Lichtenstein: Jets, Darnold Will Miss Retired McCown

Steve Lichtenstein
June 18, 2019 - 10:16 am

For a player who didn’t win many games in his two seasons with the Jets--or with the other seven teams for whom he served as quarterback in his 16 NFL seasons, for that matter—Josh McCown left an important legacy in New York.

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McCown, who announced his retirement from pro football in a Players Tribune article on Monday, was the perfect mentor for a rookie quarterback like the Jets' Sam Darnold last season.

A self-proclaimed journeyman, McCown had seen it all. More importantly, he was a selfless teammate. He understood immediately that Darnold was the Jets’ future. Even though he started 13 games for Gang Green in 2017, McCown’s mission from the get-go last season wasn’t to try to squeeze another year as a number one. It was to help prepare Darnold for the league’s mental and physical rigors.

McCown’s influence can’t be understated when you consider the incompetence of the Jets’ coaching staff last season under defensive-minded head coach Todd Bowles and his overmatched offensive coordinator Jeremy Bates. Maybe that’s why the Jets kept McCown on the payroll for a cool $10 million, which was tied for the club’s largest 2018 cap hit with cornerback Trumaine Johnson.


McCown was in Darnold’s ear all season. They were inseparable on the sideline. They even lived in the same building.

Like the vast majority of rookie QBs, Darnold experienced ups and downs last season. A mid-season foot injury sidelined him for three games. When he returned for the final four games, Darnold looked a lot less like a rookie. Only MVP Patrick Mahomes had a higher passing grade in that stretch, per

The main reason: Though sidelined, Darnold was able to watch McCown all those weeks from soup to nuts. Darnold admitted to the enormous benefits he received from just seeing how McCown prepared for games.

Sam Darnold and Josh McCown talk during a time-out in the second quarter at New Era Field.
Rich Barnes-USA TODAY Sports

Unfortunately, McCown, who will turn 40 on July 4, looked like he lost whatever semblance of a fastball he once had when he was forced into action last season. He wrote in the Players Tribune that he wants to spend more time broadcasting (ESPN announced he will join the network as an NFL studio analyst) and coaching. He’s highly qualified for both.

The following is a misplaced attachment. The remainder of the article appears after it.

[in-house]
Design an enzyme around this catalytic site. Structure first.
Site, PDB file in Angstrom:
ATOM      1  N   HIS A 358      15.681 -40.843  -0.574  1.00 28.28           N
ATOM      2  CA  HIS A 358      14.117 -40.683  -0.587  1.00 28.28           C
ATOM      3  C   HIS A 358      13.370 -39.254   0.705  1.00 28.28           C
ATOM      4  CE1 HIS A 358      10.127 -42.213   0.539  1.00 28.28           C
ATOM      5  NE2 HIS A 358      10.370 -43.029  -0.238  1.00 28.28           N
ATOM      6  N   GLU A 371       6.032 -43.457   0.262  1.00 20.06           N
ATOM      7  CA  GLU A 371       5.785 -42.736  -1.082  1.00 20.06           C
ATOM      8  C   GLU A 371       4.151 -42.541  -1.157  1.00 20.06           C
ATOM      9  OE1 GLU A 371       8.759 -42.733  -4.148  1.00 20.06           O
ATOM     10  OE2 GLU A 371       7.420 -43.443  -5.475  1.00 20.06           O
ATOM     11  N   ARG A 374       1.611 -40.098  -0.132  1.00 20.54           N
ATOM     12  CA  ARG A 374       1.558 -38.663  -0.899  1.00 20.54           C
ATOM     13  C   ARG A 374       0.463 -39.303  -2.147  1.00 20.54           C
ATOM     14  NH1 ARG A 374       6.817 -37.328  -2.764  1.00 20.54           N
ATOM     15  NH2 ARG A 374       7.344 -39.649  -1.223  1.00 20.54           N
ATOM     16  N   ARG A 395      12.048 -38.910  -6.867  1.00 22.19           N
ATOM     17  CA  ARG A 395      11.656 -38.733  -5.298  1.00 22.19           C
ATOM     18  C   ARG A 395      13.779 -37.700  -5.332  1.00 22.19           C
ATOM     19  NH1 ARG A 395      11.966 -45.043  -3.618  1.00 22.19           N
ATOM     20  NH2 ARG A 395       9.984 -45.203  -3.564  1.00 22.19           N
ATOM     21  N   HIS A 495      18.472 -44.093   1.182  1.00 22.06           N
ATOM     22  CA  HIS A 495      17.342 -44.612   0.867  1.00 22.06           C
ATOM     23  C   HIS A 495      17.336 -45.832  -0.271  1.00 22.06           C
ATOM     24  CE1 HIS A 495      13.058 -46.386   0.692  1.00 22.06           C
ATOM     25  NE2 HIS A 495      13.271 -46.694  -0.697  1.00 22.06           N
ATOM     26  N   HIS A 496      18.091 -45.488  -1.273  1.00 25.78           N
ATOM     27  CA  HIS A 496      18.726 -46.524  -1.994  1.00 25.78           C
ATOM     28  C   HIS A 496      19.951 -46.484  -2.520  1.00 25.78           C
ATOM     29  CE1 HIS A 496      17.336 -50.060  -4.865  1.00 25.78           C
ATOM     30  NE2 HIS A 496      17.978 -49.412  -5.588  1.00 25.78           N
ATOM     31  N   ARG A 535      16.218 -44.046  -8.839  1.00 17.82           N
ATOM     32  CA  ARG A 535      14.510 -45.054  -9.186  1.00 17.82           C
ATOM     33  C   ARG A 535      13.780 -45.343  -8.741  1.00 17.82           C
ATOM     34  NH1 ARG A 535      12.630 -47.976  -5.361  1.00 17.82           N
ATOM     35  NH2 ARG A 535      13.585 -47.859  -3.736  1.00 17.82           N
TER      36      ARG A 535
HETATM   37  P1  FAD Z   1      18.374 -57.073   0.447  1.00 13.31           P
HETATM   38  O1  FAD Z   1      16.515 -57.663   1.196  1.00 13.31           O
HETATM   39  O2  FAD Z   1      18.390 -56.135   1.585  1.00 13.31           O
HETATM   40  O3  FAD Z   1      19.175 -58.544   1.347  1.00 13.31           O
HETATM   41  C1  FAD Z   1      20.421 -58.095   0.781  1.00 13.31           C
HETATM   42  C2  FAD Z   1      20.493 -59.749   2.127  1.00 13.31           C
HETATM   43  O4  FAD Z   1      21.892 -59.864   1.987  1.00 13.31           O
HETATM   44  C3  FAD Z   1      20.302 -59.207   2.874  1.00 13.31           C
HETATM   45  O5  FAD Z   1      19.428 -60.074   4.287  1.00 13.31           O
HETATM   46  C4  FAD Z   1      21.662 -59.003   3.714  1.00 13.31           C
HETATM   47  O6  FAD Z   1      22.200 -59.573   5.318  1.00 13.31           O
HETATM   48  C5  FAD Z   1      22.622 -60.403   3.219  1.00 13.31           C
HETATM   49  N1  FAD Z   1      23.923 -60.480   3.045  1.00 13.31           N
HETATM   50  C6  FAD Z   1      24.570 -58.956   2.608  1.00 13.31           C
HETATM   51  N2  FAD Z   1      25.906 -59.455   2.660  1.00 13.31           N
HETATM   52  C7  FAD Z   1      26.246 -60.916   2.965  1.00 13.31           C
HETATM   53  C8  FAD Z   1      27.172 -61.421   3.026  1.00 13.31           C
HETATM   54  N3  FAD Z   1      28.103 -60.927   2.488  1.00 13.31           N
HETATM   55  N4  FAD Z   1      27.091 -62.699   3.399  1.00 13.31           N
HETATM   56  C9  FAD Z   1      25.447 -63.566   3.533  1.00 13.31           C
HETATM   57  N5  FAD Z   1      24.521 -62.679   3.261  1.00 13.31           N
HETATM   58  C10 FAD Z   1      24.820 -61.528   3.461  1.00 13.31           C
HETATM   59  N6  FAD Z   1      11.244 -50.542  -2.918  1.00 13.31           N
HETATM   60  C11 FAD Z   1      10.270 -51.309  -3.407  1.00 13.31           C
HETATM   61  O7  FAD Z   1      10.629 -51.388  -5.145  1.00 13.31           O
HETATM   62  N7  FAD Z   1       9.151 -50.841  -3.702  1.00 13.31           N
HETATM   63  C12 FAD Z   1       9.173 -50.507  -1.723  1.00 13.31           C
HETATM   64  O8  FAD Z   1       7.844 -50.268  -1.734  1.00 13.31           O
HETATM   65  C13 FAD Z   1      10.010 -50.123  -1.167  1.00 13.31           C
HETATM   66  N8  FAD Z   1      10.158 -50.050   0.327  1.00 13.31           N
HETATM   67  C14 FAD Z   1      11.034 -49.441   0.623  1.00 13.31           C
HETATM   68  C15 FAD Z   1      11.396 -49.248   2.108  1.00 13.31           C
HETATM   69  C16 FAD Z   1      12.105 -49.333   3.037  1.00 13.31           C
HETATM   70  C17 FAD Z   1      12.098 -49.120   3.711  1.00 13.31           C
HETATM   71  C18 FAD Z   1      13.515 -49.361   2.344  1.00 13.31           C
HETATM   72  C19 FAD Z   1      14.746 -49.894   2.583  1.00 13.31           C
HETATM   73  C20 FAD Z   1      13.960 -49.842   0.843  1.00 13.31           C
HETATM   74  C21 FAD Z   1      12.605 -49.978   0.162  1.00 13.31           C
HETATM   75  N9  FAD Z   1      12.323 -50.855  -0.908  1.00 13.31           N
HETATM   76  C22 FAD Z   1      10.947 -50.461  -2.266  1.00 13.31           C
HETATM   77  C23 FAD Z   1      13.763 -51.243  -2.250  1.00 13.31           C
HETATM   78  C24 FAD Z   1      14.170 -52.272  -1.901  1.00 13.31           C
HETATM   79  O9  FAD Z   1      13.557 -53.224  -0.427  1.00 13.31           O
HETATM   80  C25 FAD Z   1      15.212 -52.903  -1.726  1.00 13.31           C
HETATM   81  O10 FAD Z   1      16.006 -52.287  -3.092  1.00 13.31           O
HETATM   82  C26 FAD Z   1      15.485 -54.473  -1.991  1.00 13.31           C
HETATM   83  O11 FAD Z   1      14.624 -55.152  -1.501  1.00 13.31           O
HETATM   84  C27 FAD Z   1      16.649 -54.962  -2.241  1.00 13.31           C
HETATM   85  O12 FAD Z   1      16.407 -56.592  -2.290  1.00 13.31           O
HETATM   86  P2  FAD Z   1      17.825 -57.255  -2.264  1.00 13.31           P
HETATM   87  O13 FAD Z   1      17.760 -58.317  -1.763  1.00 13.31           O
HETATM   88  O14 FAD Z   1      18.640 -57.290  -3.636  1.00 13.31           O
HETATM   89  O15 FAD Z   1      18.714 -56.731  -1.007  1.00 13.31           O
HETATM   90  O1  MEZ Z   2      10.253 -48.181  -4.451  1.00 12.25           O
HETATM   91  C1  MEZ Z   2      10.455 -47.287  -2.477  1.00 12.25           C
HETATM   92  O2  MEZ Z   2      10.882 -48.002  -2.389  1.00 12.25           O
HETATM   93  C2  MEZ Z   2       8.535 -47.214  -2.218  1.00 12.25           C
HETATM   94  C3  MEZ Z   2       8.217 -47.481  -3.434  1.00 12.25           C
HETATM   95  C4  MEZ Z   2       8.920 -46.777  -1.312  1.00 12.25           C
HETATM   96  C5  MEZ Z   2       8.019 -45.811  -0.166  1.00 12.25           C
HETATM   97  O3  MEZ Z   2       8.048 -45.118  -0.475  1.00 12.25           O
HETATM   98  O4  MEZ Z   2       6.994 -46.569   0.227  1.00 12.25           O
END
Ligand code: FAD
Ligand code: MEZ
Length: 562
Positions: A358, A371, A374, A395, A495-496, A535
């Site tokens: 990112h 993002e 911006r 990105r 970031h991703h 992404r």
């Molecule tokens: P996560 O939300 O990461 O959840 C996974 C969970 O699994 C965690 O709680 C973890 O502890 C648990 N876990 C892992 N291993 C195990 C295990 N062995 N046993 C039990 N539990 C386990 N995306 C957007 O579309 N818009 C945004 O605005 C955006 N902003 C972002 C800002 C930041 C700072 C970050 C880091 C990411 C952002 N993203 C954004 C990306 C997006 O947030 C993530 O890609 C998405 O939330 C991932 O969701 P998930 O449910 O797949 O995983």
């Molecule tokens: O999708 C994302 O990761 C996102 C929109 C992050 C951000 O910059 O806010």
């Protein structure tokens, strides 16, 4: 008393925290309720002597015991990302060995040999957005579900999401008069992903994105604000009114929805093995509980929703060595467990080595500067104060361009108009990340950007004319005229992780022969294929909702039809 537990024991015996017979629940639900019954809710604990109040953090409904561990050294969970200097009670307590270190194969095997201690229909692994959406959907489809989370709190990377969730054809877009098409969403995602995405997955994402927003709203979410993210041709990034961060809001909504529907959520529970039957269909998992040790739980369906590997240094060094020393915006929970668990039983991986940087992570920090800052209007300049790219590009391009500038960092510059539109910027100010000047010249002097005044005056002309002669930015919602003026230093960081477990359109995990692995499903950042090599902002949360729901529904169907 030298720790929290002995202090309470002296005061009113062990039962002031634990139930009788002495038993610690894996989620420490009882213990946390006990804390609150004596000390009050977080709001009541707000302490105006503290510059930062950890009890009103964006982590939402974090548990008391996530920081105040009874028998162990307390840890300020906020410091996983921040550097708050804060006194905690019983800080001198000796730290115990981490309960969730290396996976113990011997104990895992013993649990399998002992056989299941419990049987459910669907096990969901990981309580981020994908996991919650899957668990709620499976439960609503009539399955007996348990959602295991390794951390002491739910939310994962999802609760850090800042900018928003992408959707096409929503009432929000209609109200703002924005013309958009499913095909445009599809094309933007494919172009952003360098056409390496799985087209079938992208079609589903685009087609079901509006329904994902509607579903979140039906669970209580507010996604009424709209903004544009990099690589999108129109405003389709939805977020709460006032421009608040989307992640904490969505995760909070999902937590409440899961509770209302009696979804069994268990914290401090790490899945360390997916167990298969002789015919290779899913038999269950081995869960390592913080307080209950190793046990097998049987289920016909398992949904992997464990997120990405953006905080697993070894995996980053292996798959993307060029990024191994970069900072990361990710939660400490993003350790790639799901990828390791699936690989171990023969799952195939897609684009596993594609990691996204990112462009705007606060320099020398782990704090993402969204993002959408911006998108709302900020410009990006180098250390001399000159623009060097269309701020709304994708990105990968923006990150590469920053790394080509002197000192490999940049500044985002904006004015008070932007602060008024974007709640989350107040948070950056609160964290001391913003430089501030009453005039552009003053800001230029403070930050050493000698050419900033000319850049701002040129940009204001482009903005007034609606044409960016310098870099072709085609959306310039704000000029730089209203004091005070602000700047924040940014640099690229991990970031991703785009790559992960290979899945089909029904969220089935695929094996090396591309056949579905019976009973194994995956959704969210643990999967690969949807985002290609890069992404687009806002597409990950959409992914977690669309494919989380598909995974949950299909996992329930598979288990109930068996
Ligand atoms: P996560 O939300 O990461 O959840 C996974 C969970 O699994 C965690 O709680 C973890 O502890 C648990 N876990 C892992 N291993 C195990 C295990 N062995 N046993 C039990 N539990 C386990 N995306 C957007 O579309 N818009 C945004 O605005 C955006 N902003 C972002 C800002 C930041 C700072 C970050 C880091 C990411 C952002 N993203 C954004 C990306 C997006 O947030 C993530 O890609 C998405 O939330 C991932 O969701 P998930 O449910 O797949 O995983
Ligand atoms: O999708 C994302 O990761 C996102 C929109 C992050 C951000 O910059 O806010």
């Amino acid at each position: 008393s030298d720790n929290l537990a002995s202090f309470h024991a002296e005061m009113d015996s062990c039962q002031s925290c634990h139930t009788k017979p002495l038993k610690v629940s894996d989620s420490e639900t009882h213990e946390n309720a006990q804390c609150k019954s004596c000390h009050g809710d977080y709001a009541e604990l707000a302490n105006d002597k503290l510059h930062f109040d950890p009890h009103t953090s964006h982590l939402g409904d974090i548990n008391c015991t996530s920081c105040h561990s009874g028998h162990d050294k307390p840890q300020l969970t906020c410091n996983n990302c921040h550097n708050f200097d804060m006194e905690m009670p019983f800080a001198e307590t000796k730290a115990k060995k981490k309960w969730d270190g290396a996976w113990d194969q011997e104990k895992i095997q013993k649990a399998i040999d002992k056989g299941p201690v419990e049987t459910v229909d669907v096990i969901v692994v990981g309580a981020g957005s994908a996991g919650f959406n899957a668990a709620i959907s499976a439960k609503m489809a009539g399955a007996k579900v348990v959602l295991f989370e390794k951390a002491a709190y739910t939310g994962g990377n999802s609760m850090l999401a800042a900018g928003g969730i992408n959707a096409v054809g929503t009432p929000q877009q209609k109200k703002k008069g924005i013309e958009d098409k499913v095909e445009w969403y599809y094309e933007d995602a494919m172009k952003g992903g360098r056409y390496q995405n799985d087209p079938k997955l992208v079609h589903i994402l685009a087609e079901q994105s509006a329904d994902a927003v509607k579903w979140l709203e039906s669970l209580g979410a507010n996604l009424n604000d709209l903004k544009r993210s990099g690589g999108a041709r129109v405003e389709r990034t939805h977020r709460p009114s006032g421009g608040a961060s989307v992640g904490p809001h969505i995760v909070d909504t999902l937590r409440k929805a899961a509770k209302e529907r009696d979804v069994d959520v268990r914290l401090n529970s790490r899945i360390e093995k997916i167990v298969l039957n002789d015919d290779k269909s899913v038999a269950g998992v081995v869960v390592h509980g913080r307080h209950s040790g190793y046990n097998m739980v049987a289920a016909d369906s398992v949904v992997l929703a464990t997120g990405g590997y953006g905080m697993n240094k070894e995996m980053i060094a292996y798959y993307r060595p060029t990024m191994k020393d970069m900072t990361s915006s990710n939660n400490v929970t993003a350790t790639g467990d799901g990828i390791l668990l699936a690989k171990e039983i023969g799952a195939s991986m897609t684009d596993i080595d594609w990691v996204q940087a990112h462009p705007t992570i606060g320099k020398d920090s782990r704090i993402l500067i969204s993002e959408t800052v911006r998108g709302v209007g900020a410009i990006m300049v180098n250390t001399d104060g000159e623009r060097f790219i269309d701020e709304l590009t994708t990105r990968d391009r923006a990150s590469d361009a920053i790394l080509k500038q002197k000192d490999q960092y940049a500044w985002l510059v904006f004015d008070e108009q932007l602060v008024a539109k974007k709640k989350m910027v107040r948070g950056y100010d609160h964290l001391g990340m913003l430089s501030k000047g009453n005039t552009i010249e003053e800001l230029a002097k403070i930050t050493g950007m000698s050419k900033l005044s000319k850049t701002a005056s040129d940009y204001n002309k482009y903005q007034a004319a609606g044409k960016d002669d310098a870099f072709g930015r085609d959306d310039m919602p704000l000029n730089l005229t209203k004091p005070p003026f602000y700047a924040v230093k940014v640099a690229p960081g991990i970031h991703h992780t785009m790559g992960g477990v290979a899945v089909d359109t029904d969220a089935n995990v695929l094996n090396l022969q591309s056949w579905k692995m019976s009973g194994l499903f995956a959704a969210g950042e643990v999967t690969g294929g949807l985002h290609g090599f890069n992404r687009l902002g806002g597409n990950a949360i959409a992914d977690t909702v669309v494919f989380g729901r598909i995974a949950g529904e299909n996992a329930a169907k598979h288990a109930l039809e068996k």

The hole created from McCown’s departure will have to be filled by multiple players. On the field, Trevor Siemian appears to have the inside track to the backup QB role. He’s not very good, but he at least has NFL experience. That beats third-stringer Davis Webb, the Giants’ third-round draft pick in 2017 who was cut prior to last season and then spent the year on the Jets’ practice squad.   

Siemian, 27, didn’t play a snap for Minnesota last season after going 13-11 in 24 career starts for the stacked Broncos.

Siemian missed connecting with new Jets coach Adam Gase, who was Denver’s offensive coordinator until 2014. But the two have a mutual friend in future Hall of Famer Peyton Manning, who reportedly nudged the free agent quarterback towards working with Gase in New York. Gase then advised (ordered?) former general manager Mike Maccagnan to sign Siemian for $3 million.

It now will fall on Gase to pick up where McCown left off in the quarterback curriculum. Though coming to New York with a reputation, however deserved or undeserved, of being a quarterback whisperer, Gase will surely have a different relationship with his young QB as a coach than the big brother-like McCown had.

McCown may have seemed like a blip on the screen in New York with a mere 5-11 record as a starter, but he leaves big shoes to fill.

For a FAN’s perspective of the Nets, Devils and Jets, follow Steve on Twitter @SteveLichtenst1.